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Miss. delegation requests Federal Disaster Declaration for Hurricane Ida

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(credit: Severe Studios/John Humphress)

The Mississippi congressional delegation, which includes U.S. Senators Roger Wicker, R-Miss., and Cindy Hyde-Smith, R-Miss., and U.S. Representatives Bennie Thompson, D-Miss., Steven Palazzo, R-Miss., Trent Kelly, R-Miss., and Michael Guest, R-Miss., sent a letter to President Joseph R. Biden urging him to approve Mississippi Governor Tate Reeves’ request for a major disaster declaration for Hurricane Ida.

If approved, the disaster declaration would unlock additional federal resources to supplement state recovery efforts.

The delegation letter referenced the severe damage to Highway 26 in George County that killed three Mississippians and caused injuries to 10 individuals. The state has also reported damages to at least 1,600 homes and a total estimate of $22.5 million in Emergency and Permanent Work costs across 19 counties that met the threshold for public assistance.

The full text of the delegation letter is below:

 

Dear President Biden,

In the wake of Hurricane Ida, which brought devastating weather events to the state of Mississippi, we request your full consideration of Governor Tate Reeves’ request for a Major Disaster Declaration under the Stafford Act.

 We appreciate the efforts of the Federal Emergency Management Agency to deploy rapidly to Mississippi to assist state and local officials in estimating the severity of damages across our state from heavy rainfall, severe power outages, flooding, and tornadoes.  We recognize that 36 counties and 35 cities have submitted damage reports or filed local emergency proclamations.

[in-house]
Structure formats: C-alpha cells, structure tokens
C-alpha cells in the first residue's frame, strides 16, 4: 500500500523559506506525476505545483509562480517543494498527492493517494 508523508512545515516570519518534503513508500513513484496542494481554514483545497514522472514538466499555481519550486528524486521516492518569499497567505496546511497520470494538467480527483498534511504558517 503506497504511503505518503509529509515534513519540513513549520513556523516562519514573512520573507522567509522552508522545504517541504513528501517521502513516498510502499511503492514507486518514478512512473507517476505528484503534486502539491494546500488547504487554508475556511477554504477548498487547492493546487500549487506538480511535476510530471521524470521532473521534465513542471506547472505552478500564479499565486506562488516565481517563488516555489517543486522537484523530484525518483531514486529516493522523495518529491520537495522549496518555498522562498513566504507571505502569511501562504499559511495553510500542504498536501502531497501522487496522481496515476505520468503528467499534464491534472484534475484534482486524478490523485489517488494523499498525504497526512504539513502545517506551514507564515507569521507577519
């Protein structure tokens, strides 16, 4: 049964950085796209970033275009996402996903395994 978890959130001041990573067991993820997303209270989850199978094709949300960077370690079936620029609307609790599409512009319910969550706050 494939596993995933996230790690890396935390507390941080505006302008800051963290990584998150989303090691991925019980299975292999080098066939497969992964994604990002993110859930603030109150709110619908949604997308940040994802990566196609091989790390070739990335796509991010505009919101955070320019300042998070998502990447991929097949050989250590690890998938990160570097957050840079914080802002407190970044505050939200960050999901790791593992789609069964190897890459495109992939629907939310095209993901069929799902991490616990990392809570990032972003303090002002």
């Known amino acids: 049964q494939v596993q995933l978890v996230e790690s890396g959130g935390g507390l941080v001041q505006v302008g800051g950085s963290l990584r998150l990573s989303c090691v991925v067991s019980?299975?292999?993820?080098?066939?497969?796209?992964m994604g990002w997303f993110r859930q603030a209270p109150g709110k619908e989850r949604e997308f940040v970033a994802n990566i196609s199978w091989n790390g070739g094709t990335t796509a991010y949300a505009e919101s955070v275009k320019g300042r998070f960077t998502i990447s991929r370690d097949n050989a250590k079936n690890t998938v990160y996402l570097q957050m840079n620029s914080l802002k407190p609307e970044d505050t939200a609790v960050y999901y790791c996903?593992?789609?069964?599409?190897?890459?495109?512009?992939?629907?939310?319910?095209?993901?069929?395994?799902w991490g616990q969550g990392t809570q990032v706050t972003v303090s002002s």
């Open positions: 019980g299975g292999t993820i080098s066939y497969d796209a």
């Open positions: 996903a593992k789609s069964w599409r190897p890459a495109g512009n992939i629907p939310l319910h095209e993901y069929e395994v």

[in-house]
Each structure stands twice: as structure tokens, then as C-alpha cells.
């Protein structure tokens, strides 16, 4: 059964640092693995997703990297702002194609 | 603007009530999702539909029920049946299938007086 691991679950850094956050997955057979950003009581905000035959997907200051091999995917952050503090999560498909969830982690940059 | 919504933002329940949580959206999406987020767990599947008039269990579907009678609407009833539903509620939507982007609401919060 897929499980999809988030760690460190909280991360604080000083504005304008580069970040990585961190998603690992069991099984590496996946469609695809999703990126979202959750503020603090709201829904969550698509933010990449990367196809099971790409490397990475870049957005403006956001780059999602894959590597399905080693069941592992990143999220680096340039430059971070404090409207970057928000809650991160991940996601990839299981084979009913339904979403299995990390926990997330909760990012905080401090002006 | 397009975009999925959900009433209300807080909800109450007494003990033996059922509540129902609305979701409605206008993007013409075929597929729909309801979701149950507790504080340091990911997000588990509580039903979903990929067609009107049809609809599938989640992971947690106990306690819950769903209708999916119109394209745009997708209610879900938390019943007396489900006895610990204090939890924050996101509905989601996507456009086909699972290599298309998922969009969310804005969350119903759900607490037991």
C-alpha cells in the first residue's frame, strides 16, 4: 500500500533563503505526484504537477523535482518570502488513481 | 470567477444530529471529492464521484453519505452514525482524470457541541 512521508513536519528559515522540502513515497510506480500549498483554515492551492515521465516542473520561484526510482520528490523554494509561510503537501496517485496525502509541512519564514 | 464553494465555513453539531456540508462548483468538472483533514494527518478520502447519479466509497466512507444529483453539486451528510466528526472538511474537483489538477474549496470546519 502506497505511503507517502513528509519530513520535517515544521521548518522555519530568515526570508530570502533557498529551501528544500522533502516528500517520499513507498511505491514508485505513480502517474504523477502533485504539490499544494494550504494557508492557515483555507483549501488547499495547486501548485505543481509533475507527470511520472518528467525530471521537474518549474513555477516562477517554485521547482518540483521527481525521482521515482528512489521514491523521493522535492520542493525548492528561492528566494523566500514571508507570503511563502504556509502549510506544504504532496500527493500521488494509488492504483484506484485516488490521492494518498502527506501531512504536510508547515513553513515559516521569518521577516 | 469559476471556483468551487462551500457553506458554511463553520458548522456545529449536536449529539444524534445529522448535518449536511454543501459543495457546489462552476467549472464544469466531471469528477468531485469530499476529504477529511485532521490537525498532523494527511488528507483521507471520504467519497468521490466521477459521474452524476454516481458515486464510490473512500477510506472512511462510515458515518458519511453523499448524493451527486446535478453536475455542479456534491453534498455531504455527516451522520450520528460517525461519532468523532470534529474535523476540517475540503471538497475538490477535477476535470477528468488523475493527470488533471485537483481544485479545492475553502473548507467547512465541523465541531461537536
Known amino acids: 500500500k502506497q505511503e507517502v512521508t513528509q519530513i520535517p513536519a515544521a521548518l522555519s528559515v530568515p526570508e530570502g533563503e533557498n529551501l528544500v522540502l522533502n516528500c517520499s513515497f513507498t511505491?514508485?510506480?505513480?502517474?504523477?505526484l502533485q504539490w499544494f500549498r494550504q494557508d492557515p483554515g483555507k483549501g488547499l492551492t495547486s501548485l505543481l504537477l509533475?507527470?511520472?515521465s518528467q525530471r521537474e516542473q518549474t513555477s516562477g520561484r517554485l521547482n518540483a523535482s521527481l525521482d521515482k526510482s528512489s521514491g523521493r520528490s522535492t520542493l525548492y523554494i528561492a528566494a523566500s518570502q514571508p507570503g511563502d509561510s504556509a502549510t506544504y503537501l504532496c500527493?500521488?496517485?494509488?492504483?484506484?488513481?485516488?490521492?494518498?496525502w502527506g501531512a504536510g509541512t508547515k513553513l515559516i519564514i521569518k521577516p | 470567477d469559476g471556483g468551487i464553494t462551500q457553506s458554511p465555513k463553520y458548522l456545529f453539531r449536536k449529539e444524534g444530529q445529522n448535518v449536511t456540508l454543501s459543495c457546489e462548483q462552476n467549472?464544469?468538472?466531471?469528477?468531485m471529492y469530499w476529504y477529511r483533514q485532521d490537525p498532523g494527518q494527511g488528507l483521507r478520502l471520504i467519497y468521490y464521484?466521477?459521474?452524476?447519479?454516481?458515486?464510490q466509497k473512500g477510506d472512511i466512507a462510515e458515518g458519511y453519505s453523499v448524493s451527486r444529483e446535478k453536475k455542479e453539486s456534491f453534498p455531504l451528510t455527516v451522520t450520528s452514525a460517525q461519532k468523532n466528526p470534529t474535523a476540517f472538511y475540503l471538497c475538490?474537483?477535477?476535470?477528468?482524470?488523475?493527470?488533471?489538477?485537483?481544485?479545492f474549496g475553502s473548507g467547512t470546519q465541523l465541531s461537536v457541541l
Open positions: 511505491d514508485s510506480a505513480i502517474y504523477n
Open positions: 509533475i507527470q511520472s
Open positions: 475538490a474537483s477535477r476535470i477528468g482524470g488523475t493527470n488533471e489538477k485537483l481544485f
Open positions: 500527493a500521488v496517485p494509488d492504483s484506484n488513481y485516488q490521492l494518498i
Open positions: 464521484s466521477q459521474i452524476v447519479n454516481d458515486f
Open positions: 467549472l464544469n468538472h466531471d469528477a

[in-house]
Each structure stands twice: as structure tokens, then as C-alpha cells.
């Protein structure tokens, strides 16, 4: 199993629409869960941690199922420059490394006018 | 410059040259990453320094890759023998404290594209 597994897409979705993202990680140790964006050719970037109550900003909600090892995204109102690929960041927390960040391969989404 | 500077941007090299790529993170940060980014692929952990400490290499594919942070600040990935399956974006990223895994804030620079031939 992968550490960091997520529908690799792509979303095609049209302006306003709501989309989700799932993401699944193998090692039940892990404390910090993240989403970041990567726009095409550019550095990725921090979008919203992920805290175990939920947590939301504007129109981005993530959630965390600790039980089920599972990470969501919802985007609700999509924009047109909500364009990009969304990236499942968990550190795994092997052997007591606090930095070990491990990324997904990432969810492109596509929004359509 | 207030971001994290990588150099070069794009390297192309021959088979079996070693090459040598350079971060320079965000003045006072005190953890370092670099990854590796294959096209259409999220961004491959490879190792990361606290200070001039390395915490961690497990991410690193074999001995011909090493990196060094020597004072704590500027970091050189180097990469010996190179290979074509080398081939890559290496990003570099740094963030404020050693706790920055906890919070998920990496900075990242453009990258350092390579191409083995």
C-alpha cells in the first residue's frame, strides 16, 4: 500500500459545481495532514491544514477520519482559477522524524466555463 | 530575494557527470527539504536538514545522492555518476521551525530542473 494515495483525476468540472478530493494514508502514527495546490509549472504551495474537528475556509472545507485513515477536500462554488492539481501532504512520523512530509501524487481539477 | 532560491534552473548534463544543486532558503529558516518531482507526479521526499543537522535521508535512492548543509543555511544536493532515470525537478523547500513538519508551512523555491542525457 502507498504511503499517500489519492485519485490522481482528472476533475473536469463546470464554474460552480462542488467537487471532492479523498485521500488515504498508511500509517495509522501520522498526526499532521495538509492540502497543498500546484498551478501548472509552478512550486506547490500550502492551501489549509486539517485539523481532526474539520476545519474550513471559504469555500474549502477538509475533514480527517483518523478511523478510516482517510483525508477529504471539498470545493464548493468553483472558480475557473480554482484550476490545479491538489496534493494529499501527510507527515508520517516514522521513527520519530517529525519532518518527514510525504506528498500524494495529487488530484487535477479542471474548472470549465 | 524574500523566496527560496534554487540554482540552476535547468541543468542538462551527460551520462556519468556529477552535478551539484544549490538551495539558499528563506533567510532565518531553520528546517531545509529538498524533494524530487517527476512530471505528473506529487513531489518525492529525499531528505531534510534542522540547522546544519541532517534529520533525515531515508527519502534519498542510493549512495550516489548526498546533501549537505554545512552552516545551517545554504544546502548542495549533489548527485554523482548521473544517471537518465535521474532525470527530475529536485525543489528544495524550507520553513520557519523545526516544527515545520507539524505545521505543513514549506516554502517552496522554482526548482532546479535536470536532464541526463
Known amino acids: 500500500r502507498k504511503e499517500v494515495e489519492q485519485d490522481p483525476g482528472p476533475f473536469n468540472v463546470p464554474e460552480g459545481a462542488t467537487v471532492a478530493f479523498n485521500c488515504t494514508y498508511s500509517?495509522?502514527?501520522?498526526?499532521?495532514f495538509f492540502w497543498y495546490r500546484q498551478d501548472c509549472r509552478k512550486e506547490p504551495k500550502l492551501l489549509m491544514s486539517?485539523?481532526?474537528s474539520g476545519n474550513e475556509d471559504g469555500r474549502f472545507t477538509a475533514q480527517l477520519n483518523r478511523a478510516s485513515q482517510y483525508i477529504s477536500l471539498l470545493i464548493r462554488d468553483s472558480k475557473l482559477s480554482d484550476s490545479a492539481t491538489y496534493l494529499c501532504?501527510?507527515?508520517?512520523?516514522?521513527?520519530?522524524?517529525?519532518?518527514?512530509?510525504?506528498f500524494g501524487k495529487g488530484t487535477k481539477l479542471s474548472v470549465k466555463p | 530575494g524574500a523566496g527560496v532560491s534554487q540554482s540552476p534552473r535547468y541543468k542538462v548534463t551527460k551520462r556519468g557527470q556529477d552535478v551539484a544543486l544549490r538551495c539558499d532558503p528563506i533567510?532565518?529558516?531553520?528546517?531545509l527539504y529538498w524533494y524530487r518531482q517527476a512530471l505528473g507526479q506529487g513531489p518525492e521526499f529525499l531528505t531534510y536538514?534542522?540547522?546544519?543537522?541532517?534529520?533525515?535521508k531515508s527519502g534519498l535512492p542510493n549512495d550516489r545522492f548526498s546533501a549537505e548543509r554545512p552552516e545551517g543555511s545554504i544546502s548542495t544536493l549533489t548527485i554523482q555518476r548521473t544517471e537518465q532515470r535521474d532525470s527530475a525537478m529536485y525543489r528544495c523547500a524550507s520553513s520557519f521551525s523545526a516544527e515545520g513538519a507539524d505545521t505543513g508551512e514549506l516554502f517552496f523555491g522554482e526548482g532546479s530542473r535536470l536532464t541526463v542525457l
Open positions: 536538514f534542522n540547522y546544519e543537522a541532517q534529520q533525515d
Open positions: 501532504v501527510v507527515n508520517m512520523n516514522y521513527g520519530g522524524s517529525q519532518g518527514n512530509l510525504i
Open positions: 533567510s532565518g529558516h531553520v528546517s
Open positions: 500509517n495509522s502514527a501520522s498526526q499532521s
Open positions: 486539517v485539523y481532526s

Hurricane Ida severely damaged sections of Highway 26, which led to a highway pile-up that killed three Mississippians and caused injuries to 10 individuals.  As Governor Reeves indicated in his request, an initial evaluation of the damages from Ida showed that at least 1,600 homes were damaged.  The State Emergency Operations Center (SEOC) assessed reports of 130,000 power outages, with thousands of families left without power for over one week and hundreds for up to two weeks.  Out of the 21 counties that requested public assistance, 19 met their threshold, with a total estimate of approximately $22.5 million in Emergency and Permanent Work costs.

 Resources from state and local governments and volunteer organizations are not adequate to help our state recover from these damages.  The effects of straight-line winds, severe storms, flooding, and tornadoes require significant federal funding and assistance.  We stand ready to face this challenge together by working with our local communities, the state, and federal agencies to rebuild areas affected by these major weather events.

 Thank you for your consideration of this request.  Please do not hesitate to contact us should you need further assistance in this effort.

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